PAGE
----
BOOK REPORT for Wink Poppy Midnight by April Genevieve Tucholke

Cover Story: Sneaky

BFF Charm: Confused

Swoonworthy Scale: 3

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Talky Talk: Toeing the Line

Trigger Warnings: Teenage Torture

Bonus Factor: Fairy Tales

Relationship Status: Call Me, Maybe? Or Maybe Not?

Wink Poppy Midnight cover

Cover Story: Sneaky

Although, at first glance, this cover isn’t as dark as the story within can be, look closer and you’ll see a few dark elements mixed in with the other more innocent motifs.

The Deal:

Midnight has lived nearly his entire life next to Poppy, gorgeous Queen Bee and all-around awful human being. Poppy knows that Midnight’s in love with her, and she uses that to her advantage every chance she can get, even though she barely even likes him. Wink is one of the strange Bell kids who everyone in town makes fun of, but it never seems to phase them.

When Midnight moves next door to the Bell farm, he gets to know Wink past her strange exterior. The two immediately have a connection that defies convention. And when Poppy notices, she suddenly hates nothing more in the world than seeing the two of them happy. However, nothing is quite what it seems, and no one is ever a complete innocent. 

BFF Charm: Confused

 

Wink Poppy Midnight is told from three different perspectives, that of Midnight, Poppy, and Wink. None of them are what they seem at first, and all have parts of their personalities that are both appealing and surprisingly repulsive. I really don’t know how I feel about any of them.

Swoonworthy Scale: 3

Certain aspects of Wink Poppy Midnight are swoony, and others are the complete opposite. It’s an interesting mix.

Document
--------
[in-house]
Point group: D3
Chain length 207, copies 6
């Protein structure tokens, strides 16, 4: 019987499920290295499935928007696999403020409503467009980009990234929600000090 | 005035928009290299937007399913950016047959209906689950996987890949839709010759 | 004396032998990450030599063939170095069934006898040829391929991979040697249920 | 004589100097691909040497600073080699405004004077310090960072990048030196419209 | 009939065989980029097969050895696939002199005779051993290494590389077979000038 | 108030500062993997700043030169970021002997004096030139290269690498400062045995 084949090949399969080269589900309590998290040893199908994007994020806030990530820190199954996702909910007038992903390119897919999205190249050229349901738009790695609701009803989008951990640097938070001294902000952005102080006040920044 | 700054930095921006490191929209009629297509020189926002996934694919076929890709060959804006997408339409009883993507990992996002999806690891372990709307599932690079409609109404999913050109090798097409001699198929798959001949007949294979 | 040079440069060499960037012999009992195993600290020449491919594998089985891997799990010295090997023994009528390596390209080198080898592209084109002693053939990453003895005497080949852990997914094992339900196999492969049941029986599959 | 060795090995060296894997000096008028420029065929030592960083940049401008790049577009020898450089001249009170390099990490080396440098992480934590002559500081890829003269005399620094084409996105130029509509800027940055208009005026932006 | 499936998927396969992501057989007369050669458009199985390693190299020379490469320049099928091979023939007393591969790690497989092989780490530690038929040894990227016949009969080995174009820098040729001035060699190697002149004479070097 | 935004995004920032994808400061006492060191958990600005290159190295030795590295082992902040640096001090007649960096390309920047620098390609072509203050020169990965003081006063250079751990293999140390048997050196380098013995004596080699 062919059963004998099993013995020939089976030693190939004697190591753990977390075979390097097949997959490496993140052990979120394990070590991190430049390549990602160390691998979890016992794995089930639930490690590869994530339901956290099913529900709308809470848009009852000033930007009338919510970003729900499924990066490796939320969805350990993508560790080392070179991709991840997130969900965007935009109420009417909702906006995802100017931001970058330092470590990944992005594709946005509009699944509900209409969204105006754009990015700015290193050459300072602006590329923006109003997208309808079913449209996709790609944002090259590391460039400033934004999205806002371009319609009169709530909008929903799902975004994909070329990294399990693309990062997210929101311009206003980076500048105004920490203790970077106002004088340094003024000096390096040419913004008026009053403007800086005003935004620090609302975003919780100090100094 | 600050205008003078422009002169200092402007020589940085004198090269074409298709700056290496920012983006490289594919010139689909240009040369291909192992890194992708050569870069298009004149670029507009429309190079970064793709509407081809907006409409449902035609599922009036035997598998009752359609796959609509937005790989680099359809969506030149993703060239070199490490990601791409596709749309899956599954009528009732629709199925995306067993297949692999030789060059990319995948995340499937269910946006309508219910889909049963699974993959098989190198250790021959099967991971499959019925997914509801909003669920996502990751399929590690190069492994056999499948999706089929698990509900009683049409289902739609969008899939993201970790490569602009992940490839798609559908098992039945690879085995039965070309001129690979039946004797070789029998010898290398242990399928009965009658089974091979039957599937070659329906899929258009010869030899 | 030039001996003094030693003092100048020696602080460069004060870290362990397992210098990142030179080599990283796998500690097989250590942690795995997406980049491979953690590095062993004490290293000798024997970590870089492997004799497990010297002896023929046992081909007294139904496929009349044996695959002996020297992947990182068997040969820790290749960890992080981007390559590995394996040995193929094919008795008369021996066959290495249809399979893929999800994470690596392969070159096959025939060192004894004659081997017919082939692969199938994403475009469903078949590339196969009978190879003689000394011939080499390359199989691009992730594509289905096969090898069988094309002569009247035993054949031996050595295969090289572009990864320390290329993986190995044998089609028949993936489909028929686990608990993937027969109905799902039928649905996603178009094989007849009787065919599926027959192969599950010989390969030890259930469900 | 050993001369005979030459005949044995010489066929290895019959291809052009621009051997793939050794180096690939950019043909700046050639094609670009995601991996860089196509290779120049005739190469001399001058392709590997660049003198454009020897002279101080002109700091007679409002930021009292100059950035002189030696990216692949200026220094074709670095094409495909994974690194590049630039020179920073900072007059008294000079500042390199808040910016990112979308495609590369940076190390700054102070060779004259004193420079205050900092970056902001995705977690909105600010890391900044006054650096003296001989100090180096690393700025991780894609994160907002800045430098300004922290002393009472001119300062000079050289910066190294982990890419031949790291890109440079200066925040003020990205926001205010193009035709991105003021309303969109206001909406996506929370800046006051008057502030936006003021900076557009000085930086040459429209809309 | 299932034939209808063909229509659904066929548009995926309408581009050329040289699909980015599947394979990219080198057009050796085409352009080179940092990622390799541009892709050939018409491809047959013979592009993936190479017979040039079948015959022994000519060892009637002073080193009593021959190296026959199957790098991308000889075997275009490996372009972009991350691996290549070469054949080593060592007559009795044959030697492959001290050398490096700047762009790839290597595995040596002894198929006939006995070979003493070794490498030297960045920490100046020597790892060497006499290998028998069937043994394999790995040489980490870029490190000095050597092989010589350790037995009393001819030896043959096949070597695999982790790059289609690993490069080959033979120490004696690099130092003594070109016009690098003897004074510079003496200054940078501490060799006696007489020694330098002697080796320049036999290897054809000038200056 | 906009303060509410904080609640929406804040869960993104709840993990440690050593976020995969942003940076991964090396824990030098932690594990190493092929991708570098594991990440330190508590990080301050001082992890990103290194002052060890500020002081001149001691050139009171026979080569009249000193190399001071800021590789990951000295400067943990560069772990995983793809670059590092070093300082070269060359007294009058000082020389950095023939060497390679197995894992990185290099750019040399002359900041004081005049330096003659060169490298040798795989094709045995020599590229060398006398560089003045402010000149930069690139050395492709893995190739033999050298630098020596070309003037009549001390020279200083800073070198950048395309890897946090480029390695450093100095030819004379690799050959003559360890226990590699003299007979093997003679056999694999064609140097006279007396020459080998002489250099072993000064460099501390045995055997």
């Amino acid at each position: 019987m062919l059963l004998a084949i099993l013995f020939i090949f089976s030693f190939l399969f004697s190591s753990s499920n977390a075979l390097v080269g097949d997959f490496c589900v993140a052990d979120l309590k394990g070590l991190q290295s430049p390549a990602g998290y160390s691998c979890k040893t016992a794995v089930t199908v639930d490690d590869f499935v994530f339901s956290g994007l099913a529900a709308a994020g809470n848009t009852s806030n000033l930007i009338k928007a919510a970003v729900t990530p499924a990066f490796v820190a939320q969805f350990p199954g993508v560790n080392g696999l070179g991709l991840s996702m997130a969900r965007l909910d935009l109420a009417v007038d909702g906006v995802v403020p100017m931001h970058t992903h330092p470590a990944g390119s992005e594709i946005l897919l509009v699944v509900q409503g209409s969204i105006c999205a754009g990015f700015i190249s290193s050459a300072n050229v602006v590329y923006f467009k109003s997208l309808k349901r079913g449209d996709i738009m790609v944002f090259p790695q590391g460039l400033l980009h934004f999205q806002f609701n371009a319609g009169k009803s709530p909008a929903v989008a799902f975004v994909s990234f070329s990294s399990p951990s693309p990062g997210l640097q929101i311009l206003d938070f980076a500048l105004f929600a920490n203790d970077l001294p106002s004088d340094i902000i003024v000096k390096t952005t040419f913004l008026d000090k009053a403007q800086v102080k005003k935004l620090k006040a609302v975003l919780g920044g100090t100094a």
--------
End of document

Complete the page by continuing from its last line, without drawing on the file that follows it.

Talky Talk: Toeing the Line

Wink Poppy Midnight is one of those books where, if you’re anything like me, you’ll need to sit for a while after finishing it to think about what you’ve just read. A few days later and I’m still not quite sure how I feel about the story, but I do know that April Genevieve Tucholke definitely wove a unique and engaging tale. At certain parts while reading, I felt like the book was going to veer off into magical realism, but it always steered away before it crossed the line completely. At times I was entranced by the beauty of Tucholke’s words; at others, I shuddered at just how dark the situations became. And although I feel like the characters were certainly well-written, there is a haunting quality to their personalities that made them almost otherworldly.

Trigger Warnings: Teenage Torture

Teenagers can be really crappy people, and when they’re left to their own devices to “get back” at someone who’s making their lives awful, they often go too far—or farther than the person they’re getting vengeance at ever would. In Wink Poppy Midnight, someone is left, overnight, tied to a piece of furniture in creepy abandoned house in the middle of a forest. I hope no one reading the book has ever experienced such a thing, but it’s a pretty brutal situation regardless.

Bonus Factor: Fairy Tales

One of the characters in Wink Poppy Midnight is a natural storyteller, and makes up stories to tell her younger siblings, or reads them tales from unknown to me books. Many of the stories are more similar to Grimm’s originals in feel than the Disney versions, and they play into the larger plot of the book in intriguing and unexpected ways.

Casting Call:

Nat Wolff as Midnight 

Elle Fanning as Poppy   

Annalise Basso as Wink

Relationship Status: Call Me, Maybe? Or Maybe Not?

I think I enjoyed our date, Book, but I’m honestly not certain. You made me a little uncomfortable at parts, but in others I felt entranced by your stories. Do I want to get together again? I don’t really know. But if you call me, I might say yes?

Wink Poppy Midnight will be available March 22.

Mandy lives in Austin, TX, where she's a technical writer by day and a pop culture junkie by night. When she's not ensconced in a book for Forever Young Adult, Mandy can be found swooning over superheroes, dreaming of The Doctor and grinning at GIFs.